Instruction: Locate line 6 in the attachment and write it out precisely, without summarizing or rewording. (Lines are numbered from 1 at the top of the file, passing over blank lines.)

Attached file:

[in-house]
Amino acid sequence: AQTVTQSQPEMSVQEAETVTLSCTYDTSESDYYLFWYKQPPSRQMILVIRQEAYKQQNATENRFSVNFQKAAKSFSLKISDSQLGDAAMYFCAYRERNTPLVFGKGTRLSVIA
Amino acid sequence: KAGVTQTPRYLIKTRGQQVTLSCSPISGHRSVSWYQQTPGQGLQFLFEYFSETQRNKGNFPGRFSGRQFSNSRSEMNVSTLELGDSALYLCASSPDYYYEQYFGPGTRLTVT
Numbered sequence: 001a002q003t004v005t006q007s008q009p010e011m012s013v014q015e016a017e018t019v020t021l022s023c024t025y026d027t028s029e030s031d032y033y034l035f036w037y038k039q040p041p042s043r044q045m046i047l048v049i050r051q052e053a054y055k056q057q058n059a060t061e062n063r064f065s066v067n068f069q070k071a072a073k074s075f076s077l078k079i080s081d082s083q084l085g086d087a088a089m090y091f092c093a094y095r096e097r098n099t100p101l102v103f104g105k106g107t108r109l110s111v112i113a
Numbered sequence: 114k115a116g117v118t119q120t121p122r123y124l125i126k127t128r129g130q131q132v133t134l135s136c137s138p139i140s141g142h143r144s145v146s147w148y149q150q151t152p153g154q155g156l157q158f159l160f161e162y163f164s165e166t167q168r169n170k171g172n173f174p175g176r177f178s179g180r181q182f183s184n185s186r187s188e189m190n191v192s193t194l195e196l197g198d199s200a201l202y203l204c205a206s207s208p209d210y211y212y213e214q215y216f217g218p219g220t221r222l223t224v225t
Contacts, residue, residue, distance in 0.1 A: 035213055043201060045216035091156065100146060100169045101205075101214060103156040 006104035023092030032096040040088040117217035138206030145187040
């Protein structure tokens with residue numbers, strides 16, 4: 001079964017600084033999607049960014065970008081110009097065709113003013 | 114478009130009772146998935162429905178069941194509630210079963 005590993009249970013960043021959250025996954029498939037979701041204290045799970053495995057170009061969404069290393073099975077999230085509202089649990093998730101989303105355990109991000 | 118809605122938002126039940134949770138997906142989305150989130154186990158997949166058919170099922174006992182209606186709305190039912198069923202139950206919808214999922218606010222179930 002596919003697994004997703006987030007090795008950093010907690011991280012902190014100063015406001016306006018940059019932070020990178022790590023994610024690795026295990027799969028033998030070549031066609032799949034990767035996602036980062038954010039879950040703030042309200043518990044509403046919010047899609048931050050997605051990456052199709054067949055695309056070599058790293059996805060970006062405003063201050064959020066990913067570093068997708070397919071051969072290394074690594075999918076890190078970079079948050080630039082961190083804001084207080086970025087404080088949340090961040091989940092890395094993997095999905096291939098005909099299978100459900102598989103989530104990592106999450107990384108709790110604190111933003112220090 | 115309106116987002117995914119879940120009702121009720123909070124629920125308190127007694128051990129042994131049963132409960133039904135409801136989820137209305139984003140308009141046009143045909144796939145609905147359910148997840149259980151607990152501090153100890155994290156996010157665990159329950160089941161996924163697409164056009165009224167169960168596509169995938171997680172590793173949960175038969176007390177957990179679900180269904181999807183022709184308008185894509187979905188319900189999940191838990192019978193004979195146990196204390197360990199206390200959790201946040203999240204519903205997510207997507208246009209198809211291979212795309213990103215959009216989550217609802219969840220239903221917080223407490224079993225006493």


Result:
Contacts, residue, residue, distance in 0.1 A: 035213055043201060045216035091156065100146060100169045101205075101214060103156040 006104035023092030032096040040088040117217035138206030145187040